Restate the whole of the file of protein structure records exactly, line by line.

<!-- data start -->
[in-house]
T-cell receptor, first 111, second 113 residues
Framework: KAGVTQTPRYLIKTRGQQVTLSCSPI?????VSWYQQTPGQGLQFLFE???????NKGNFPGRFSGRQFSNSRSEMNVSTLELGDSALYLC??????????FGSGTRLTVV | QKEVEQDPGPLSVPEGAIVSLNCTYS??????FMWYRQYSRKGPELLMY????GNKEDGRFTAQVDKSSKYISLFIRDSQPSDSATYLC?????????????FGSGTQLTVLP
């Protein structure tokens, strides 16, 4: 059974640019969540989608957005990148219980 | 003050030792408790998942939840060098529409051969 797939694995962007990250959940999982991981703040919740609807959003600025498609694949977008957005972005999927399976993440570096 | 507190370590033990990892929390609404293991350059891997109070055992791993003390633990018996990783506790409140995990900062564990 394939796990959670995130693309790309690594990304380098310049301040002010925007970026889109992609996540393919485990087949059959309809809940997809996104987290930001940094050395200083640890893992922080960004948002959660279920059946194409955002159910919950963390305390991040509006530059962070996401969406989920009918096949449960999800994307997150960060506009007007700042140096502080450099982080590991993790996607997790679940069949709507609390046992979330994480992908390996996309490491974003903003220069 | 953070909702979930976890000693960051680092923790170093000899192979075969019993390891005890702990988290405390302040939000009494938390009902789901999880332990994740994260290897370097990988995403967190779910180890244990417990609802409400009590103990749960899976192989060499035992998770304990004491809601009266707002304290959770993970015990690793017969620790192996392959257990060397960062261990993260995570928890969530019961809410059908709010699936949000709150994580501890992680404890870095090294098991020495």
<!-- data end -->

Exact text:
[in-house]
T-cell receptor, first 111, second 113 residues
Framework: KAGVTQTPRYLIKTRGQQVTLSCSPI?????VSWYQQTPGQGLQFLFE???????NKGNFPGRFSGRQFSNSRSEMNVSTLELGDSALYLC??????????FGSGTRLTVV | QKEVEQDPGPLSVPEGAIVSLNCTYS??????FMWYRQYSRKGPELLMY????GNKEDGRFTAQVDKSSKYISLFIRDSQPSDSATYLC?????????????FGSGTQLTVLP
């Protein structure tokens, strides 16, 4: 059974640019969540989608957005990148219980 | 003050030792408790998942939840060098529409051969 797939694995962007990250959940999982991981703040919740609807959003600025498609694949977008957005972005999927399976993440570096 | 507190370590033990990892929390609404293991350059891997109070055992791993003390633990018996990783506790409140995990900062564990 394939796990959670995130693309790309690594990304380098310049301040002010925007970026889109992609996540393919485990087949059959309809809940997809996104987290930001940094050395200083640890893992922080960004948002959660279920059946194409955002159910919950963390305390991040509006530059962070996401969406989920009918096949449960999800994307997150960060506009007007700042140096502080450099982080590991993790996607997790679940069949709507609390046992979330994480992908390996996309490491974003903003220069 | 953070909702979930976890000693960051680092923790170093000899192979075969019993390891005890702990988290405390302040939000009494938390009902789901999880332990994740994260290897370097990988995403967190779910180890244990417990609802409400009590103990749960899976192989060499035992998770304990004491809601009266707002304290959770993970015990690793017969620790192996392959257990060397960062261990993260995570928890969530019961809410059908709010699936949000709150994580501890992680404890870095090294098991020495």